Relapse is not failure, and it’s certainly not giving up. In fact, some people relapse several times before they stay sober. It’s important to realize this, as a loved one who has relapsed needs immediate care and continued treatment. The best approach, however, is to spot an addict before they relapse. It’s a small window, but if you can act early, you may be able to prevent your loved one from actually using.

Warning Signs of Relapse 

Here are some ways to spot an addict who is heading for relapse.

They are getting too comfortable.

Some recovering addicts get a false sense of security when it comes to their recovery. If your loved one is overconfident in their progress, remind them that they are still recovering and need to take things slow. Otherwise, they may be willing to put themselves in difficult situations, such as going to nightclubs or hanging with old friends.

They stop following their treatment plan.

When your loved one returns from treatment, they will be given a continuing care plan to follow. If you find that your loved one is not doing what they’re supposed to – skipping meetings, shutting out family members, spending time at old hangouts – they are at risk for relapse.

They start reminiscing about their drug using days.

Drugs and alcohol have a way of changing the brain, so it takes time for addicts to heal and see their drug use for what it was. In the meantime, some addicts will associate drugs and alcohol with fun, relaxation and enjoyment. If your loved one starts reminiscing about the “good old days” and forgetting all the misery they had, relapse is a possibility.

They start acting selfish and moody.

Sometimes called a “dry drunk” this happens when a person is sober but they haven’t changed their attitude. The reason why it’s important to shake the negative attitude is because this way of thinking can lead right back to substance abuse. Your loved one needs to do more than simply stay off drugs and alcohol. They must learn coping skills, develop strong interpersonal skills and have outlets for stress and anxiety. Twelve step groups are helpful for developing these skills and keeping people away from drugs and alcohol.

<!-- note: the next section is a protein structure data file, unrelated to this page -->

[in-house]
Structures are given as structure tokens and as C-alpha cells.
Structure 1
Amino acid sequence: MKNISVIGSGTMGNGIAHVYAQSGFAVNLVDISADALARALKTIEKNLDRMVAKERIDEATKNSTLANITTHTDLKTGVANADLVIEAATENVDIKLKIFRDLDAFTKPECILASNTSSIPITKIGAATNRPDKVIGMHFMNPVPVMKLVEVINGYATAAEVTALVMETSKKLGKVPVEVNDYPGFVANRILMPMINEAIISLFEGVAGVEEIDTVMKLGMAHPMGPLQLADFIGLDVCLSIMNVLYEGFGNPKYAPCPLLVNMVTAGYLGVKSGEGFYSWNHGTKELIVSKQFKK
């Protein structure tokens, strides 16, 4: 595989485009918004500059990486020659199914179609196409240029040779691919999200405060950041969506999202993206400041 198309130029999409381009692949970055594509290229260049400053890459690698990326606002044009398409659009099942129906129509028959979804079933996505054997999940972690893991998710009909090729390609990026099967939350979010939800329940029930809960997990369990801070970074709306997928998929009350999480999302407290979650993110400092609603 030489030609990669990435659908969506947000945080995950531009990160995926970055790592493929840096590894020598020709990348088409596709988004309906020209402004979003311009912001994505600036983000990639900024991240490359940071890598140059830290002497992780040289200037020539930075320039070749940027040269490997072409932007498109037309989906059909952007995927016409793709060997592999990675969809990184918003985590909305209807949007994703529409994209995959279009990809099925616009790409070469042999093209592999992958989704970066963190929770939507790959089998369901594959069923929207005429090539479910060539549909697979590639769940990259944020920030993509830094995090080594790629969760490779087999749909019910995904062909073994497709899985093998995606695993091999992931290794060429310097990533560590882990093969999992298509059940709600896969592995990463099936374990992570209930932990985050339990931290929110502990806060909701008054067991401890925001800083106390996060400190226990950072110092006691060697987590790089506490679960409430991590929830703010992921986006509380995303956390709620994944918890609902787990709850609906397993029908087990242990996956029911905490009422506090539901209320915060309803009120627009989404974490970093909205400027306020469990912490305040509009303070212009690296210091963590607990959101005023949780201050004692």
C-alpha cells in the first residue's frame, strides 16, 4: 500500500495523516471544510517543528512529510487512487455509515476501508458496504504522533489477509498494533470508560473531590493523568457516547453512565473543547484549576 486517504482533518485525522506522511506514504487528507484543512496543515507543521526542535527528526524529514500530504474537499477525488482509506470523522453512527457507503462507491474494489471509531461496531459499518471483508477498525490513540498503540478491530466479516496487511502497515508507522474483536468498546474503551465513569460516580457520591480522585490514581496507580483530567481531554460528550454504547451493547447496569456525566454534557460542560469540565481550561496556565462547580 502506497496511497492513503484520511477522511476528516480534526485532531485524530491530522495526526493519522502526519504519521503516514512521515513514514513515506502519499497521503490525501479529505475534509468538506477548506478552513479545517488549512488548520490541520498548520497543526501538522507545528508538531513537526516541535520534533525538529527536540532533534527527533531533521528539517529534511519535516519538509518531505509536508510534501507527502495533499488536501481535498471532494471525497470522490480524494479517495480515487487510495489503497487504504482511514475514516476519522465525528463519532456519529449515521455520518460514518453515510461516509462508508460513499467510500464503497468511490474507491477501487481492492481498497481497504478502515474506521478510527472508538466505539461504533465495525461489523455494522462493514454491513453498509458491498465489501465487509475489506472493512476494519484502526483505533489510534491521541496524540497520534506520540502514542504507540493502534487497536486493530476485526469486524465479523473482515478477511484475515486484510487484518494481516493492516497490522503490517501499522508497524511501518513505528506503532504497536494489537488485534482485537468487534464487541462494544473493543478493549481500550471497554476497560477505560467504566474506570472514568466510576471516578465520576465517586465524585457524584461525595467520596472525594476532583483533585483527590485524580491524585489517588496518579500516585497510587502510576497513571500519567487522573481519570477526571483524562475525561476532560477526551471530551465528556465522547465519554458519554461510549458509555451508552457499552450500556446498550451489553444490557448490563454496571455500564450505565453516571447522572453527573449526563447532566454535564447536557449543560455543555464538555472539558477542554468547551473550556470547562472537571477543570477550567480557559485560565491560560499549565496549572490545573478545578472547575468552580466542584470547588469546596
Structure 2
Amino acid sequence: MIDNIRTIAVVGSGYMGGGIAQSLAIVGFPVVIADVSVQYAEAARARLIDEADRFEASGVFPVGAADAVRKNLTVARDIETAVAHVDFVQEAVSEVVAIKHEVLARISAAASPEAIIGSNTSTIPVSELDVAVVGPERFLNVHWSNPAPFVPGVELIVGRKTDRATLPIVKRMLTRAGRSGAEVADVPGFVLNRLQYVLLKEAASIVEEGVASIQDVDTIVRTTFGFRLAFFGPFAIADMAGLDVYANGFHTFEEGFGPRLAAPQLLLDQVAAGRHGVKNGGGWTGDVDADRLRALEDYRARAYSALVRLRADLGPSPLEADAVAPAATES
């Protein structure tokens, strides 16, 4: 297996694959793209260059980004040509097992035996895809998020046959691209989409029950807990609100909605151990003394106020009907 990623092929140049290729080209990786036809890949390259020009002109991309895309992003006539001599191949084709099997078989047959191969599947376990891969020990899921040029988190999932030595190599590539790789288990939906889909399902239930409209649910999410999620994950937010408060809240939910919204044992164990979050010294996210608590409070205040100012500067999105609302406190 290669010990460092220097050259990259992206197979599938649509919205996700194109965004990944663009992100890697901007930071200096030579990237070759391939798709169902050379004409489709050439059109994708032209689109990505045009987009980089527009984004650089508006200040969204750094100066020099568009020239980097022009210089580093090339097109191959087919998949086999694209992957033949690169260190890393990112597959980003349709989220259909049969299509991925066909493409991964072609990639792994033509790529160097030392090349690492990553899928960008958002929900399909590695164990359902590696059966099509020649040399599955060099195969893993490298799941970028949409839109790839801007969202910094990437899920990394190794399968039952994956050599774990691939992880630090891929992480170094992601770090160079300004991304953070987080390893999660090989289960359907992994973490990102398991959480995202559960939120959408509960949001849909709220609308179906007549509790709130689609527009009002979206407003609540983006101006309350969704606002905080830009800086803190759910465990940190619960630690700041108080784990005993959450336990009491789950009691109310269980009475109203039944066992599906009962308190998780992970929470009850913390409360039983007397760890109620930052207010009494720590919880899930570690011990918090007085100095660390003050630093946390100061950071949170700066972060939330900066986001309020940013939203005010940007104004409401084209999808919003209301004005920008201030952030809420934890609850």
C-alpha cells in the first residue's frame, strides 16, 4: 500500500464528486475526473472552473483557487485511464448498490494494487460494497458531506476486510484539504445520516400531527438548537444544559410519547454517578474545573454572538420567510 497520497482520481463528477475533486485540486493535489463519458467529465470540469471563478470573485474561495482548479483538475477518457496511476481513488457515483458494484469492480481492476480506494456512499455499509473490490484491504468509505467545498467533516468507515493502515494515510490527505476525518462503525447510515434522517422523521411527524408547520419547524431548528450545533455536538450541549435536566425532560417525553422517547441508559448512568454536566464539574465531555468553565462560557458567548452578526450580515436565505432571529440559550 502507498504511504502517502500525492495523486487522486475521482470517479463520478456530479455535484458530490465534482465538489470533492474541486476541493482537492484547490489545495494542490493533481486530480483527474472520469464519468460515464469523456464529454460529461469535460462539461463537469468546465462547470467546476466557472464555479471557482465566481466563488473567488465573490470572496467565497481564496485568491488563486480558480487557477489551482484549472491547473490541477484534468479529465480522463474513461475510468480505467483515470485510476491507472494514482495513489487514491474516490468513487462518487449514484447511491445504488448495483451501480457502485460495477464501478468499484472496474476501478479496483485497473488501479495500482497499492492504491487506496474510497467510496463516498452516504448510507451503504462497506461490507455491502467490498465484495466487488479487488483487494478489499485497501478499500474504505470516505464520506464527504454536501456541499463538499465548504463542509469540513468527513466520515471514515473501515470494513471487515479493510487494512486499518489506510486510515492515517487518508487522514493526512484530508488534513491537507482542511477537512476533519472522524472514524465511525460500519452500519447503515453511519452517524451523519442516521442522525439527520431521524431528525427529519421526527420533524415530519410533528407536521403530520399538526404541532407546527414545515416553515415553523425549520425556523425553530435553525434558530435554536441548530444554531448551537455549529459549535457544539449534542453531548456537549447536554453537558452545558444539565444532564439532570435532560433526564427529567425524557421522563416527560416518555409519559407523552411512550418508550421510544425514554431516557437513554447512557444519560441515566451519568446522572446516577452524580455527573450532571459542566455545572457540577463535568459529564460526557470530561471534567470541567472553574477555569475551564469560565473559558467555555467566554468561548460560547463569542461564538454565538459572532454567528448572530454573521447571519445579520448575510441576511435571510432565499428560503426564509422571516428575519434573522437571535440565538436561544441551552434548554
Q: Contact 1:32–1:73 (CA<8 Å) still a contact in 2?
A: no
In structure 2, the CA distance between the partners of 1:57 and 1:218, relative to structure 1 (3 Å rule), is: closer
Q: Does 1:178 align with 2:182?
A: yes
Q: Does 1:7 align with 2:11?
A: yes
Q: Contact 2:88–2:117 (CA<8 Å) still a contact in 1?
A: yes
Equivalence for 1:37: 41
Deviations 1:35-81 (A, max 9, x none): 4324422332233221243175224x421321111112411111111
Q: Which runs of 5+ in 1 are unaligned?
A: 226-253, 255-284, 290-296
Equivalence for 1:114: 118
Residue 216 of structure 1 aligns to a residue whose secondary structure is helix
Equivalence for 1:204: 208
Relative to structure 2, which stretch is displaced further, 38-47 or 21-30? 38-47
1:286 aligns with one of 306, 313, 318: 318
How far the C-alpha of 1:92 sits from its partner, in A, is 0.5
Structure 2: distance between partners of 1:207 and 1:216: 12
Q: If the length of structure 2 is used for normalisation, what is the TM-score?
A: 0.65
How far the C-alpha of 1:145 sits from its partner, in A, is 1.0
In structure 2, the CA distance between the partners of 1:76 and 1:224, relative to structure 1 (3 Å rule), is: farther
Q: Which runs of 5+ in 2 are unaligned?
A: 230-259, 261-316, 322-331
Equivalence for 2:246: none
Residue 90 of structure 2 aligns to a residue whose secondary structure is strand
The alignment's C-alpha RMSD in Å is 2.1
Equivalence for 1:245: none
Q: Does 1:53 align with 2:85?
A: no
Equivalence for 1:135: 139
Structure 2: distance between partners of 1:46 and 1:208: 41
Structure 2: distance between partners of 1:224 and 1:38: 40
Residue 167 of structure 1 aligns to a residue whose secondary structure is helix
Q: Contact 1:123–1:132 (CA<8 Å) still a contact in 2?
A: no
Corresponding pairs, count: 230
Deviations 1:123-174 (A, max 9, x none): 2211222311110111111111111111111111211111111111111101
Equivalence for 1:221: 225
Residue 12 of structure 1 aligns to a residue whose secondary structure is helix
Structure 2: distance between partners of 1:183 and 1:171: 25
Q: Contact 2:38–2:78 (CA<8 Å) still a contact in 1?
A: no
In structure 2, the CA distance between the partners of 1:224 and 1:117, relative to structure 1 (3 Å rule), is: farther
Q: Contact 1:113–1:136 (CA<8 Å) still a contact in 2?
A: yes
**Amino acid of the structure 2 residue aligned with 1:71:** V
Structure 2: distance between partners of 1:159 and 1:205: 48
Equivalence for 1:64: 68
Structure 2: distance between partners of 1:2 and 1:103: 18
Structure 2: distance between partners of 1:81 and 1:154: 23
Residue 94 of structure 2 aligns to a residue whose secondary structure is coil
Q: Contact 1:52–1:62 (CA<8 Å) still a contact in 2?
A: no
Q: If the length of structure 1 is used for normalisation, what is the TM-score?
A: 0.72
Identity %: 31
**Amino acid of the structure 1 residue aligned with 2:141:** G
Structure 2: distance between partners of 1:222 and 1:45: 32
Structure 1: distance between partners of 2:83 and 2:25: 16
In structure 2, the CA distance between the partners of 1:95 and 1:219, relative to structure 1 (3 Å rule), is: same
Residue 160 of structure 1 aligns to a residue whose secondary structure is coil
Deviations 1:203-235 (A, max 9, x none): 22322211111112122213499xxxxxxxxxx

Most importantly, listen to your gut. You know your family best, and you don’t need a clear warning sign or validation that your suspicions are correct. If you feel that your loved one is at risk for relapse, bolster the recovery regimen. Talk to the treatment center, their sponsor or a therapist for the best ways to do this.

Best Addiction Recovery Apps of 2017

If there’s one benefit to being in addiction recovery today, it’s technology. Thanks to a wide range of apps that can be downloaded in a few seconds, you never have to be alone in your recovery. Mobile apps provide ongoing support, resources and tools. Though they are not a replacement for attending your support groups and counseling sessions, these apps are effective at complementing your current recovery plan.